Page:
Thanks again to everyone who bought For Steam And Country. Please remember to review on Amazon and Goodreads — it’s most important to have reviews when people are looking at it, like now. Write to what you know, edit it later. It’s a promotional tool, that’s all reviews are for, don’t have to overthink it.

I’m way too tired after working about 24 hours on marketing to post much substantive today. We’ll resume #SteampunkMonth posting on Monday with some cool topics 🙂



For Steam And Country Media Round Up

Release day has gone AMAZING! We’re already up to #1 hot release for Steampunk books, which just floors me. As it stands now it’s hovering around #4,000 on Amazon overall (big!) and #4 in Steampunk overall. Huge thanks to everyone who picked the book up.

The book is here if you haven’t seen it. If you have, please leave a review now! Even if it’s short, write based on what you know. You can edit it later. What it does is shows people who are looking at Amazon that other folk are reading and approve of the book, which is huge for getting random folk to click: http://bit.ly/forsteamandcountry 

Also don’t forget to copy your reviews/ratings to goodreads, and add to the shelf there. If you want to spend more time, there’s lists, and if you upvote the book that’s a big help too:  https://www.goodreads.com/book/show/35378932-for-steam-and-country

Again thanks everyone so much especially folk in Realm Makers, CLFA, Gab.ai, Pulp Revolution, Superversive, Clockwork Alchemy and any other groups I may have missed.

Below is all the cool media coverage I’ve gotten all over the internet today (at least that I could remember, sorry if I missed your site, add to the comments if I did!)

For Steam And Country Media Round-Up:

Prequel Flash Fiction Story:

http://www.uprisingreview.com/battle-cry-liliana/  (Most important! read this with the book!)

Guest Posts:





The Awesome Music Video:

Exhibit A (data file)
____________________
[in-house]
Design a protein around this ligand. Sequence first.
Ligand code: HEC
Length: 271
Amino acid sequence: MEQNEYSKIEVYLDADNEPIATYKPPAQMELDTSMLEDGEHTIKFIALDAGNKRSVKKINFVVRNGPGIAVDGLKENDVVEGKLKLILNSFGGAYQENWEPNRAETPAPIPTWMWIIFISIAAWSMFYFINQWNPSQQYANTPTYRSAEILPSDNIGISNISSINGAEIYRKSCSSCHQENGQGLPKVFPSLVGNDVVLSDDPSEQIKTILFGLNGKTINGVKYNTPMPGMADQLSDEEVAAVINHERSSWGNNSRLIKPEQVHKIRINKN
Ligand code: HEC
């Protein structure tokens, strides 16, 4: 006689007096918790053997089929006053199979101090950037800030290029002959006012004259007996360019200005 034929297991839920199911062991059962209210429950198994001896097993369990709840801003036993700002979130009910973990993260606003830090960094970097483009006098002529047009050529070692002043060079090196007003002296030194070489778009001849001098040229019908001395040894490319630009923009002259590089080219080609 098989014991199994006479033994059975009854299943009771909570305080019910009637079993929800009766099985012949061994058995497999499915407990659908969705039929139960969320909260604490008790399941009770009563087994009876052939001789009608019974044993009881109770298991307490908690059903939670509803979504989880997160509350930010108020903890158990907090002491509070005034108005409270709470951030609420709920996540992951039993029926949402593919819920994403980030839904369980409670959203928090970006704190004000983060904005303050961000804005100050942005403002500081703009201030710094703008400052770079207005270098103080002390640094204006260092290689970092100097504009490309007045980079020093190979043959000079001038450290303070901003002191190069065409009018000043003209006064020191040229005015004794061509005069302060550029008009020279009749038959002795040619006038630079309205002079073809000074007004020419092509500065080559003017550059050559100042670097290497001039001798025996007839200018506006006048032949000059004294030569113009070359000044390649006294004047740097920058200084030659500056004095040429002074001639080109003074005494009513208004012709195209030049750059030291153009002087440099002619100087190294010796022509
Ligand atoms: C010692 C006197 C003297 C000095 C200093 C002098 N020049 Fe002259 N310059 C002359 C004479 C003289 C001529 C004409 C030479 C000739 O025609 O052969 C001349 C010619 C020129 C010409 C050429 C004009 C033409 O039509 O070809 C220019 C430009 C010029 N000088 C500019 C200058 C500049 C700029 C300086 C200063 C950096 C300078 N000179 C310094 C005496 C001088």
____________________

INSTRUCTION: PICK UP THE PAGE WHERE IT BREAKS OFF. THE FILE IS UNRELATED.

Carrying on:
Sample Of Audio :























#Steampunk Month Guest Post: Author J.M. Anjewierden

This marks the first time I’ve ever had a guest post on my blog. Not sure how often I’ll do it but I saw that J.M. here had a really awesome Steampunk novel released this week, and invited him to come talk about his release a little bit. The book is Penny Dreadful and the Clockwork Copper, and it is available now on Amazon here.


Here’s what J.M. Anjewierden has to say about Steampunk and Penny Dreadful:

Steampunk Month. What a time to be alive! While I’m mostly here to talk about my own new Steampunk novel I’m going to cover some other ground as well, so strap in.

First, who am I?

Well, glad you asked. I am J. M. Anjewierden, author extraordinaire, librarian defender of truly free speech, and possessor of the magnificent beard of mystery.

I have two books out this year, the first of which is ‘The Long Black,’ a Space Opera/Blue Collar story about a starship mechanic, but that’s not why we’re here today. Oh no. You want to hear about the other one, the newly released ‘Penny Dreadful and the Clockwork Copper.’

(Blurb) Viva-3 was built to discover secrets. But they made her too well. She’s the perfect spy: the lethality and persistence of the police clockworks in a body that can pass as human. What the Empire’s police don’t know is that she doesn’t have to obey their orders or her programming. She can think and decide for herself. And she’s doomed if they find out.

Viva is sent undercover with orders to unmask the city’s vigilante hero, Penny Dreadful. She is supposed to stop his one-man war against the criminals of Monte-Ostrum. It will be dangerous, but just maybe Dreadful will be more useful as an ally rather than an enemy… (End Blurb)


Penny Dreadful is, of course, a familiar term to any long-time fan of Steampunk, and literature in general. Most recently attached to a horror TV show, it originally was a term for the cheap mass produced stories sold for – of course – a penny.

So that is reason number one for referencing that in my work: The Penny Dreadfuls were the Pulps of their day, and I am firmly in the camp that the Pulps were the Golden Age of SF/F, and further that ebooks represent a chance to recapture the best parts of the Pulp Era. Especially since digital publishing frees the author from the limited publishing schedule of the major houses, often only one book per year. As with anything else, practice makes perfect, and an author who can put out five, six, or more books a year will generally be able to improve their product faster than someone limited to one new release each year.